Reculturing Museums

The text in this section will appear in my new book (in revision) with Routledge Press.

The title (tentatively) is:

Reculturing Museums: Exploring contradictions and equity (tentative)

Below are several excerpts from the book

This book is meant for museum practitioners, educational researchers, parents, teachers, administrators and others who wish to think more deeply about what happens in museums and how museums can ensure that all people have equal access to the activities, objects, and ideas residing in them. Building on previous research, practices, and evaluations in informal settings, this book strives toward achieving equity for the voices of the many people for whom going to museums is not a regular practice.

We have reached a critical tipping point, where, in hindsight, we may recognize that something could have been done to leverage and achieve necessary change. As Szanto (2007) has argued, no emergency should go to waste—why not reinvent museums? Decades from now, we may look back and point to this time as the moment we began to understand that museums needed to do things very differently in order to survive. The need to survive is inextricably linked to the need to serve a more diverse public in more creative ways.

Several key features mark this tipping point, including how we view rapidly shifting demographics (as a challenge and/or opportunity), the underlying beliefs driving pricing and program policies (populist vs. financial (Skorten, 2014), whether museum visitors are seen as clients or collaborators (Feinstein & Mesholulm, 2014), how we interpret learning and teaching (Ash, 2014), whether we adopt a deficit or resource view of learners (Gutierrez, 2009), and how we view the diverse communities that often surround, but do not often visit, the museum. We can start with the more obvious conflicts.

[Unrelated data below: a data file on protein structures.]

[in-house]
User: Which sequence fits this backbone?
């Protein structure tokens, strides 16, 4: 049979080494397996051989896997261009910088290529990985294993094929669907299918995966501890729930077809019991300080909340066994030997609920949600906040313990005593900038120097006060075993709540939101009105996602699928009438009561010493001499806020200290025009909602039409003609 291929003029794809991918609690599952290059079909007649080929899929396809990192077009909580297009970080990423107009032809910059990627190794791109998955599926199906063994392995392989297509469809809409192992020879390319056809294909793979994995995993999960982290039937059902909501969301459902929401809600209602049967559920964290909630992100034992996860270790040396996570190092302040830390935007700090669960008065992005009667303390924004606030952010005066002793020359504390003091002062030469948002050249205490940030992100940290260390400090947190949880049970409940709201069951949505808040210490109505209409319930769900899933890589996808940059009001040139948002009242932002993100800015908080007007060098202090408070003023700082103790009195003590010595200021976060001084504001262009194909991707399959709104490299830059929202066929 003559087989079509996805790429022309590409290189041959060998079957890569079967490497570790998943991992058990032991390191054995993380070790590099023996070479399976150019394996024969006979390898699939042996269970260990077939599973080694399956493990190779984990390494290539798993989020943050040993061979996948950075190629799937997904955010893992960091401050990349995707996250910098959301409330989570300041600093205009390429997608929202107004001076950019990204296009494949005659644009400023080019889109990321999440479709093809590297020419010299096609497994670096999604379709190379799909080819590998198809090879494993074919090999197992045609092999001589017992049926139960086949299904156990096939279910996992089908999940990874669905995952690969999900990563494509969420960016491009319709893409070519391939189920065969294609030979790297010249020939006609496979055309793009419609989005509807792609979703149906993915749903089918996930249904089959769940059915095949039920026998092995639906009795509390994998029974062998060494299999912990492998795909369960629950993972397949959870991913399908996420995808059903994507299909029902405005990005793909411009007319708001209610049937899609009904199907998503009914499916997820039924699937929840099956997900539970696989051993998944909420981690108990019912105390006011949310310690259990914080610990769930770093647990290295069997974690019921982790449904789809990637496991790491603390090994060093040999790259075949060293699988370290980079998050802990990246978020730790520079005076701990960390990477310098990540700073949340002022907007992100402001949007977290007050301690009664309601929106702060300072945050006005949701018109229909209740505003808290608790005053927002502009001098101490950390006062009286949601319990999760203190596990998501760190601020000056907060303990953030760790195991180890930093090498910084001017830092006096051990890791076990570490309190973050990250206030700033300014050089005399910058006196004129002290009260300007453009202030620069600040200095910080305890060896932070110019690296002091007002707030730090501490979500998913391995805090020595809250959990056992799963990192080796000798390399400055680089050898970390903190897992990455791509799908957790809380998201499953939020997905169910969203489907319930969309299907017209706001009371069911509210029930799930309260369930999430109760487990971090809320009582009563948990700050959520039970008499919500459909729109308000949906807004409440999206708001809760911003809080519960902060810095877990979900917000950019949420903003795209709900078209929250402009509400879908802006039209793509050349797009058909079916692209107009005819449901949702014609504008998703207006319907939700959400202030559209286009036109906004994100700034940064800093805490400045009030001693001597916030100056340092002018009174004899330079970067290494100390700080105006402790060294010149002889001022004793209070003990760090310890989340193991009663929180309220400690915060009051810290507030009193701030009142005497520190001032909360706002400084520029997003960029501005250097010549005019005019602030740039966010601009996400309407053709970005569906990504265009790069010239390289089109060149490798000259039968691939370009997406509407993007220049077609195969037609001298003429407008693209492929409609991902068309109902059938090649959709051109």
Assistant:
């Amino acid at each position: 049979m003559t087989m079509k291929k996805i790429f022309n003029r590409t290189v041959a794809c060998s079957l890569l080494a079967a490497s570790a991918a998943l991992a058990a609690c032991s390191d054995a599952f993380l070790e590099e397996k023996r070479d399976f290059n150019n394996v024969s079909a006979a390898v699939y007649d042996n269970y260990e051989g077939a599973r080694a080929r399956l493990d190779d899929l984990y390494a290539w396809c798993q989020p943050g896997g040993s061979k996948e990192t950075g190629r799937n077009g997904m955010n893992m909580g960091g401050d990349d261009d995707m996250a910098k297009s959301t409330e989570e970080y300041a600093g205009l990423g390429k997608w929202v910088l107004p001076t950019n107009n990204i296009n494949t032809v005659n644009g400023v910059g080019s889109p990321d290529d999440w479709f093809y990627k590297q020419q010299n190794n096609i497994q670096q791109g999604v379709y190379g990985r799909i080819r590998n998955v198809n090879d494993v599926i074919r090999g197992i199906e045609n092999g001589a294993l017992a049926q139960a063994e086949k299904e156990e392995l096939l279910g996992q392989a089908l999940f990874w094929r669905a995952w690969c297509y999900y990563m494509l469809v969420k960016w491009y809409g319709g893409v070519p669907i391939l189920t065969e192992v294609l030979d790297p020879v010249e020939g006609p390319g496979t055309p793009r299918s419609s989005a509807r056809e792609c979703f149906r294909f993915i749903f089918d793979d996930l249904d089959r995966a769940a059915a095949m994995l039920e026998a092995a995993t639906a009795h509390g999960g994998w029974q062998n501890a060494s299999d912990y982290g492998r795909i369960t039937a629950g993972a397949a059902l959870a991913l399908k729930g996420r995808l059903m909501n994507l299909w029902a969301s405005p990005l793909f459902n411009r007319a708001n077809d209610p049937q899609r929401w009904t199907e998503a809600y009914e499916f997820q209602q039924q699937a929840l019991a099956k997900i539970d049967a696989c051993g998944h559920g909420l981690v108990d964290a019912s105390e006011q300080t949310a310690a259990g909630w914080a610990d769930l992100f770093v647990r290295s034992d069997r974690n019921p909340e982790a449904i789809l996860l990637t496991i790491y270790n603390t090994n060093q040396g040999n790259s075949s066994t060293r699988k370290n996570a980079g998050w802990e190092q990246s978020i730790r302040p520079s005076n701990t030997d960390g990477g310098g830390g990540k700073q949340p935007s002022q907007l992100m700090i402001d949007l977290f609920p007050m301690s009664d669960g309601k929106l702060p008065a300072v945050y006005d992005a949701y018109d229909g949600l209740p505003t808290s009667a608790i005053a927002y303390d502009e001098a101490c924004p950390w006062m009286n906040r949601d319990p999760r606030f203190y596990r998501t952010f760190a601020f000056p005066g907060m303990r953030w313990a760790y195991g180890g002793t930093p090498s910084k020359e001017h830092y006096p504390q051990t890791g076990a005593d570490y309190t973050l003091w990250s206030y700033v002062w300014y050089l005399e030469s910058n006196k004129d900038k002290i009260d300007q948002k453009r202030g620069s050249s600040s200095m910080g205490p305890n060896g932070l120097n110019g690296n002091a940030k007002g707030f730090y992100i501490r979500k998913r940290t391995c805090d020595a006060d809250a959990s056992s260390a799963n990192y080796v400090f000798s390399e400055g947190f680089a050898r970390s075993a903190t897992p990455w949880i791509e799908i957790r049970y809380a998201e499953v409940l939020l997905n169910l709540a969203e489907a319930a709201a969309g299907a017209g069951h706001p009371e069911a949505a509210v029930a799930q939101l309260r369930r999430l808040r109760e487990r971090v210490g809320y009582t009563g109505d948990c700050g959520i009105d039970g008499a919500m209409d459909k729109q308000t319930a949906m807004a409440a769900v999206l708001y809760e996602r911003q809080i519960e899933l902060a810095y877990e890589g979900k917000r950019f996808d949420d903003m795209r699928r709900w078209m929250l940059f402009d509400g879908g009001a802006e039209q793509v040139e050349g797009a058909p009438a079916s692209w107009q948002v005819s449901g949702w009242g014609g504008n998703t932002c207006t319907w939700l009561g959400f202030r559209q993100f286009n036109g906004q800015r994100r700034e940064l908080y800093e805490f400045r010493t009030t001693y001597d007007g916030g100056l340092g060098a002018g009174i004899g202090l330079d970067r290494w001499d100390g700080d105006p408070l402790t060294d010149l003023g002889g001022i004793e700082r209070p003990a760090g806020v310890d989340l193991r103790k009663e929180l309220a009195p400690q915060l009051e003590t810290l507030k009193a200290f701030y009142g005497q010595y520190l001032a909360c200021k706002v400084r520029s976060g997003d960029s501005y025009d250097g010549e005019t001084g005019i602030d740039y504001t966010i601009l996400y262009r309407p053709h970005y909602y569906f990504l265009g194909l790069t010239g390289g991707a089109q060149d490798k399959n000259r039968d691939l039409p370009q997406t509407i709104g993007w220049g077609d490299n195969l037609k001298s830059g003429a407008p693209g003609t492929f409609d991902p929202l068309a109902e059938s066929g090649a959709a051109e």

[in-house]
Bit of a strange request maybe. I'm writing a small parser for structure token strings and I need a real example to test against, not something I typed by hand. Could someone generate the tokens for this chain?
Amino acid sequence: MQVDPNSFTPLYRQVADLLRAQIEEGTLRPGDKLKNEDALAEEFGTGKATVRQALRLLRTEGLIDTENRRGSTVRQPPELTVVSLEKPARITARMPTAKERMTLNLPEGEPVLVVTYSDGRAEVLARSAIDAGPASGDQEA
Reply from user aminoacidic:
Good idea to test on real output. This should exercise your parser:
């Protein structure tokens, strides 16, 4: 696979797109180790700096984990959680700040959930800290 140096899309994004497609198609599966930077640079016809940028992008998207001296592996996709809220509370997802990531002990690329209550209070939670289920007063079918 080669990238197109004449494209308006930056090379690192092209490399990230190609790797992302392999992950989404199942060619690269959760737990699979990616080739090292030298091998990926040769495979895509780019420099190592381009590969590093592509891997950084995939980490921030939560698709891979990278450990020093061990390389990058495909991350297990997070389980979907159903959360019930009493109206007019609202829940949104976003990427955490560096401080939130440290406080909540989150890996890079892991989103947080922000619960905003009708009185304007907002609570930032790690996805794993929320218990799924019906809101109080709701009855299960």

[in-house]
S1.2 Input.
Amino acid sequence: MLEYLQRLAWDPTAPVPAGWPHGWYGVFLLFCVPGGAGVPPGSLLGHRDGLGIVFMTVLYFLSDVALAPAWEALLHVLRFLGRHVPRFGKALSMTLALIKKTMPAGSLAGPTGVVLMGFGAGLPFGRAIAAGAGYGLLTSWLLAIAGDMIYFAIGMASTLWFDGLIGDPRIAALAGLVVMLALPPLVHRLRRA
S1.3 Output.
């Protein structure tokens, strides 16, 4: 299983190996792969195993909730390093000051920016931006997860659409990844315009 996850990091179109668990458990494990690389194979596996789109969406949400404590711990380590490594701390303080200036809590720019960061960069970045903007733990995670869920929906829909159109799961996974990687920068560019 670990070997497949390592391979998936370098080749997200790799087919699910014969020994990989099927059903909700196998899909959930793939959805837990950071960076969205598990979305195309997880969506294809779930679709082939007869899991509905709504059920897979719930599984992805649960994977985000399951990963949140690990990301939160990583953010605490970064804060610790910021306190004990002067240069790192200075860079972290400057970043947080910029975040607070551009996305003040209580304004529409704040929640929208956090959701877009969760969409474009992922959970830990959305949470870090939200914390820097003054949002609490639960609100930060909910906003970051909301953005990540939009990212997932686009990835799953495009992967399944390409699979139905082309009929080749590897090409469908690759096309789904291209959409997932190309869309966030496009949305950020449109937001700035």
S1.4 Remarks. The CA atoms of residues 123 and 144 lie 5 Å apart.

I use the term ‘reculturing’ to encompass the changes mentioned above, which refers to internal change, that is, change from the inside out, or what I call inreach, (as opposed to outreach). This worldview is centered around creating internal change in the museum culture, rather than changing the people they wish to serve. We know from school research that effecting such institutional change is extremely difficult. As described by Scott Thomson, “this “cultivating” of culture to transform “the way we do things around here” is what we mean by “reculturing”” (2005, p.1).

and later

‘The way we do things around here’

A question frequently voiced by museum professionals is “why don’t they (typically communities of color) come to museums? One typical answer involves vague or specific notions of outreach. This is the wrong question and the wrong answer.

Throughout this book, I argue that it is important for museums to change internally before they can ask their visitors to change. There is general recognition of the need for museums to genuinely collaborate with the communities they seek as partners. This will take time and effort, money and expertise, and these ingredients are often hard to obtain. Many museums are presently conducting experiments in community collaboration (Science Museum of Minnesota, Oakland Museum of California, Dallas Museum of Fine arts, to name but a few). This also means that evaluators, researchers, administrators, and educators need to know where, when, and under what conditions different groups of learners can become more comfortable in museum settings and begin to develop a sense of ‘belongingness’ there. Understanding these dimensions requires a different kind of research and practice.

The above constitutes only one part of the equation however. The other part may be even more difficult. Museums must also ask themselves what they must do differently within their own walls in order to effect the requisite change. This internal change poses a very difficult challenge, because ‘the way we do things around here’ is well established, it is comfortable, and it is often difficult to recognize. Recently, museum educators have worked increasingly on reflective practice (Martin, Ash & Tran, in process) as a way to identify underlying beliefs and practices. This has been a useful exercise and may prove beneficial to entire institutions.